I originally wrote this during "Mental Health Week". I thought that putting my reflections down on paper could help me get over a bit of depression, at a time when I had been ill and was still lacking energy.
I hope that by sharing these thoughts, someone else reading it will know they are not alone, and it may also help them at at time when life does not seem to be treating them fairly – particularly those who miss their mother, for whatever reason.
A child's view of "Mum"
I have previously mentioned that I was raised by my grandparents and then my aunts and uncles because my mother was a drug addict. As a child, I never really had much to do with her and I didn't meet my father until I was 18 years old. While growing up, I never really felt that I didn't have a Mum or a Dad as my Nan and Pop and extended family gave me enough love and safety to feel that I wasn't missing out on much. I had my siblings and my cousins.
In our aboriginal culture my aunts are all my mothers, my uncles all my fathers, my cousins are my brothers and sisters.
Matthew 12 verses 48-50 ESV: 'But he replied to the man who told him, "Who is my mother, and who are my brothers?" And stretching out his hand toward his disciples, he said, "Here are my mother and my brothers! For whoever does the will of my Father in heaven is my brother and sister and mother."'
I was so blessed to have the childhood I had, when I hear how my husband Eddie grew up and how my step-children lived when they were out on the community. It truly makes me sad, I cry myself to sleep sometimes thinking of all the basic and simple things that I had as a child that these kids wouldn't even know about.
I was so lucky to have a Nan and Pop that never drank or smoked; as I child, the only time I would hear swearing was when my Mum would come to visit which would usually end in my Pop kicking her out because she would start trouble.
An adult daughter's need for a "mother"
Sometimes I think of how sad it is for me to not have ANY good memories my mother and me together. Now, as an adult I sometimes wish that I had a "normal" mum that I could just call up and ask for advice or just to say "hi"; I wish how my kids could have a "Nana" that was reliable and kind. And I still need someone to nag me and annoy me and check up on me.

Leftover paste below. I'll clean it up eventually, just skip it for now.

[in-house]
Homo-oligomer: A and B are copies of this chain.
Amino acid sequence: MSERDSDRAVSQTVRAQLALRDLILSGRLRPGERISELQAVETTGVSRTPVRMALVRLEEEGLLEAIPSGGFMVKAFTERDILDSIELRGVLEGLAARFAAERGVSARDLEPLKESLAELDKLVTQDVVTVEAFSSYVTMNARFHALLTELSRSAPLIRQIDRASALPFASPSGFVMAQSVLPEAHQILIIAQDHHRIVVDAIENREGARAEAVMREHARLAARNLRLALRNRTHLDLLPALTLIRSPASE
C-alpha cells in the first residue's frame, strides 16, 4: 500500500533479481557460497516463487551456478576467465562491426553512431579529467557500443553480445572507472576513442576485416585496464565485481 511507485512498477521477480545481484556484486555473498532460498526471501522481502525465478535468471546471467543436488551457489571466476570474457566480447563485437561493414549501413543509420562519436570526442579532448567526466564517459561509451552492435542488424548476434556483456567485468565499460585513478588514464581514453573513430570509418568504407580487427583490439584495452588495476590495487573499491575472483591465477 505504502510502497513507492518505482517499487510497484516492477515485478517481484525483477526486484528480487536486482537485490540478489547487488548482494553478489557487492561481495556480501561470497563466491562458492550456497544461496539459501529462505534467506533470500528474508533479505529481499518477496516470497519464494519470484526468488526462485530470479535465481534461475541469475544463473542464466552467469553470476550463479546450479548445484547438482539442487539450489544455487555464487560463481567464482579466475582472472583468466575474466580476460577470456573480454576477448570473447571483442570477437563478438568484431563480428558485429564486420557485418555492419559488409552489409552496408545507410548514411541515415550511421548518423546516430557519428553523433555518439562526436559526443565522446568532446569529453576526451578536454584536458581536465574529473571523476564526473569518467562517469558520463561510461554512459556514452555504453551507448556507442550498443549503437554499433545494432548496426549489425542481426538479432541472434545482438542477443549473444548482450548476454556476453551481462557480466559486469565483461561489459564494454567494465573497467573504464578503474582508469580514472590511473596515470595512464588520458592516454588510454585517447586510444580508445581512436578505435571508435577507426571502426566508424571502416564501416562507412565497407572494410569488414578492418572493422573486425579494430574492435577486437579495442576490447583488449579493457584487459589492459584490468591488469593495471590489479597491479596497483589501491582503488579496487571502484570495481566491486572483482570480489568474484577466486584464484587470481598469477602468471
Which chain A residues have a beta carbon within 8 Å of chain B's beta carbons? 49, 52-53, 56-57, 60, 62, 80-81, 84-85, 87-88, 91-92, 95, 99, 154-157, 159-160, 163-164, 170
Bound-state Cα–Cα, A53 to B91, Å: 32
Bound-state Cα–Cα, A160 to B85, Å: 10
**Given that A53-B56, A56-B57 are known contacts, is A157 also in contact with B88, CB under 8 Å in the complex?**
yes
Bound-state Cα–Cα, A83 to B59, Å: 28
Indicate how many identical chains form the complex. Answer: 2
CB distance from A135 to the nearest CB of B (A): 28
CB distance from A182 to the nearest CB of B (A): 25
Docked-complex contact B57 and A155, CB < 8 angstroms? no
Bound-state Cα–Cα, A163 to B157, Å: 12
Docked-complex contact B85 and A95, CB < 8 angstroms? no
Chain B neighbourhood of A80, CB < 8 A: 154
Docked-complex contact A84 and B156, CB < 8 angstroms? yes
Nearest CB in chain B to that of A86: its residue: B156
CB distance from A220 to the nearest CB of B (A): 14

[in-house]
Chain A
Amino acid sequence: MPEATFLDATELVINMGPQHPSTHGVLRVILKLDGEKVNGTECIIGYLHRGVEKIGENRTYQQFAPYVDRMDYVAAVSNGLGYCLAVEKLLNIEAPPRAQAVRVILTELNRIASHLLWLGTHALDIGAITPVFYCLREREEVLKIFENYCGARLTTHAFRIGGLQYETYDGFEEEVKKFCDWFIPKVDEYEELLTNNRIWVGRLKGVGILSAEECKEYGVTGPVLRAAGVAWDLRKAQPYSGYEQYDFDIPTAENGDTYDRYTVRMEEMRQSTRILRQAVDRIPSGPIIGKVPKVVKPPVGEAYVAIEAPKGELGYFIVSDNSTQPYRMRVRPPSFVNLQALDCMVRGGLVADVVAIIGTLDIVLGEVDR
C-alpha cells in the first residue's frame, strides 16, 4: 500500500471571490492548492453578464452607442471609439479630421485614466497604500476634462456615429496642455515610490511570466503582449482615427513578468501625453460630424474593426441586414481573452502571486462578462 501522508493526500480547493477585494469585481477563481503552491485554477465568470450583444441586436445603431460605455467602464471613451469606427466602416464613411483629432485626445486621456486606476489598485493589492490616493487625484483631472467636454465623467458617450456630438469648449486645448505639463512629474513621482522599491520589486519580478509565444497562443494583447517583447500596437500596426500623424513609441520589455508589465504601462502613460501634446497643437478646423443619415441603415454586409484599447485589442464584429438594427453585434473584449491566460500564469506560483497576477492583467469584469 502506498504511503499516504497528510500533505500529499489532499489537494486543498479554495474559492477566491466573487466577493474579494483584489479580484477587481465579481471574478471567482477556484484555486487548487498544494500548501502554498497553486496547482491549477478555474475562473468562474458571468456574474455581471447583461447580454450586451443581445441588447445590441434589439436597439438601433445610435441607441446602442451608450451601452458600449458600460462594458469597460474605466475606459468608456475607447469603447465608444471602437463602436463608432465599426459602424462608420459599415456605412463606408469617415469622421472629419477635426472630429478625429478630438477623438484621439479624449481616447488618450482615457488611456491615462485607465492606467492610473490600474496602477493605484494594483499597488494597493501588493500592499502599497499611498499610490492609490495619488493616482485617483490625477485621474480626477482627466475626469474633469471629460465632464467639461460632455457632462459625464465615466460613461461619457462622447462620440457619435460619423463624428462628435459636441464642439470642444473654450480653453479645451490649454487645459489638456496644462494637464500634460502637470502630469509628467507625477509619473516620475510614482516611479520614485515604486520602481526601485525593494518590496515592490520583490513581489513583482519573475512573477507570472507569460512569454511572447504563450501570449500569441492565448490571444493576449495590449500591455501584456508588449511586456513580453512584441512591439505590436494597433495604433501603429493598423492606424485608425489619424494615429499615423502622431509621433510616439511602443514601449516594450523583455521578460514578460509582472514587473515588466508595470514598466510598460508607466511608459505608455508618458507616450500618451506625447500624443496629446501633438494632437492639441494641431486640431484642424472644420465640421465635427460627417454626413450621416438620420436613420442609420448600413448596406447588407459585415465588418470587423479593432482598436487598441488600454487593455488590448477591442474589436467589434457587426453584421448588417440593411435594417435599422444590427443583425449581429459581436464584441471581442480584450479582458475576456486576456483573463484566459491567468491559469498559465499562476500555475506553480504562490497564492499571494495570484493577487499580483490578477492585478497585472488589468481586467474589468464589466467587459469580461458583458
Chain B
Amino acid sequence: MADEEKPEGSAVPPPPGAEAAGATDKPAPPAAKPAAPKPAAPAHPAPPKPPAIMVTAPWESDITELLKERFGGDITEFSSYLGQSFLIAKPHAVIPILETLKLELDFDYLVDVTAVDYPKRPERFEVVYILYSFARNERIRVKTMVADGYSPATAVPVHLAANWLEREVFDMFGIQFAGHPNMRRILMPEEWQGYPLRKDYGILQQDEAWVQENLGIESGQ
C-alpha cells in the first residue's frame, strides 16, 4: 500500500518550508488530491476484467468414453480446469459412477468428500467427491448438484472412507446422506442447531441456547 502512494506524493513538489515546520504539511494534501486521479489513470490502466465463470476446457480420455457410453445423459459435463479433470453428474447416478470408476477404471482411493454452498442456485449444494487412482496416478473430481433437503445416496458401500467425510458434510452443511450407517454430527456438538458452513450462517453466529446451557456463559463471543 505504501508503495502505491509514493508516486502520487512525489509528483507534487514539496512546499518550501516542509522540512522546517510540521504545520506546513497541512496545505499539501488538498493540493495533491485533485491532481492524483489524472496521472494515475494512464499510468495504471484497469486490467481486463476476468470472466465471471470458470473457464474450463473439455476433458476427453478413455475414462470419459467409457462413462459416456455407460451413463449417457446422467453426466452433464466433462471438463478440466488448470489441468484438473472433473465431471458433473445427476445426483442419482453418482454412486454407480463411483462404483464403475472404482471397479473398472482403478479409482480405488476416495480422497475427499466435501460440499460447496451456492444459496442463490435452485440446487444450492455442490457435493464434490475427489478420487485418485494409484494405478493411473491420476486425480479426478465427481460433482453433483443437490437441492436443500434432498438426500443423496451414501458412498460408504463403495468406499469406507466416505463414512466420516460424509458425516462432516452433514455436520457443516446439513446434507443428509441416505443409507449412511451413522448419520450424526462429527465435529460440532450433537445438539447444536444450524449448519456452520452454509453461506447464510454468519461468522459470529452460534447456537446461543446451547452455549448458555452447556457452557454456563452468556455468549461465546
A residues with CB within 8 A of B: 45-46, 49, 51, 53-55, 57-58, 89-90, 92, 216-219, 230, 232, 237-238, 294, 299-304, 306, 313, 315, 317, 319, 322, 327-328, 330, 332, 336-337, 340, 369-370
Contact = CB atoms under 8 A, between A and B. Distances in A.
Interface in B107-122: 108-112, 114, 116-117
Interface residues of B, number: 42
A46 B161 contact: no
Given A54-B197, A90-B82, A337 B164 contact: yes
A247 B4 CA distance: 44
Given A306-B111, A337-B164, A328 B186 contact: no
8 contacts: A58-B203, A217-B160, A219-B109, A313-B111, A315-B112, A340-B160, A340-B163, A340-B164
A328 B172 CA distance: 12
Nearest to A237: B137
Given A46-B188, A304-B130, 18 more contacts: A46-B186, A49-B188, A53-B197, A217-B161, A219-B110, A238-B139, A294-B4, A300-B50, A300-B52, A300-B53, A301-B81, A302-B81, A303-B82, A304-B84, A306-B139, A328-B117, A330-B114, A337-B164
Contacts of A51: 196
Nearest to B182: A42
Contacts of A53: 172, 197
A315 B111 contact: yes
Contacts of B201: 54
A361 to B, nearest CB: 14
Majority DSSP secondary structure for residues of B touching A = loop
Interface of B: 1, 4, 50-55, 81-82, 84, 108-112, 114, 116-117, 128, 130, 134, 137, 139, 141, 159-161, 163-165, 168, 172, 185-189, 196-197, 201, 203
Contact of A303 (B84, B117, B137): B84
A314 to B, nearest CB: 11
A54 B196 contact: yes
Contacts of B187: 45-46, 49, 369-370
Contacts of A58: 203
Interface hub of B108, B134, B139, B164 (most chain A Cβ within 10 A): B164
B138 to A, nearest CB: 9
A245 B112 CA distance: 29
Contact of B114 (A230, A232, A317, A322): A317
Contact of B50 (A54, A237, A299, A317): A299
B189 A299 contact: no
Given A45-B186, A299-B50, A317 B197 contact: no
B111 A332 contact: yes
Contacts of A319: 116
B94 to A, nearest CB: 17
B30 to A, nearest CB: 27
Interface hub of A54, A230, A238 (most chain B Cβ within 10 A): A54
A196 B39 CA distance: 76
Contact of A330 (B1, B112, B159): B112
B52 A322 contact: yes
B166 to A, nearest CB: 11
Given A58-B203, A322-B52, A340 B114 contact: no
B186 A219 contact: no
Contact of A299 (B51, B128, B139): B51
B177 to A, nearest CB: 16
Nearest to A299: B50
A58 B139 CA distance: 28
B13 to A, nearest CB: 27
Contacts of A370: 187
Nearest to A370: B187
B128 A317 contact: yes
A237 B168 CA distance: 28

I feel it more as an adult that I didn't really have a mother. As I child I was totally fine with my aunts filling that gap perfectly, but because I live so far away from my aunts now I can feel the gap even more.
Forgiveness is the way forward
My Mum treated me so badly on the occasions I did see her. At one time when I was 14 she had been into rehabilitation and wanted me to come and live with her. Unfortunately that didn't last long because she was back off the wagon within a year.
I had so much hurt and anger towards her, yet I still somehow sought her approval or her acceptance even though I eventually learnt that it was something I was never going to get from her.
As soon as I realised that, I knew I had to forgive her - not because she deserved it - but because I couldn't let her have that power over me to make me so angry and full of hate and hurt. Forgiving her set me free from all that.
I really miss her. Or perhaps I miss the "idea of her". Sometimes I try and pray to God, for Him to fill that gap and I feel peace and his love mostly all the time. But I still have my days of sadness and want of the comfort of a mother.
All I can do now is to be the best mother I can to my son and my step-children and foster children. I know they will be angry with me sometimes and pull away. I know I will nag too much sometimes about the wrong things. There will be times we misunderstand each other. There will be family feuds, I am sure (they are all very strong-willed kids).
But what I hope and pray for is that when they have their own families, they can come to me for comfort and we can laugh about the things we did together.
And eventually I can be that kind sweet "Nana" to their kids, the one they never had for themselves.
Tisha Williams is an indigenous home maker and mother on the Gold Coast / Tweed. He husband Edward is an indigenous painter, training to be a carpenter and teaches their children his language and dream time stories which have parallels in the Bible.
Tisha Williams' previous articles may be viewed at www.pressserviceinternational.org/tisha-williams.html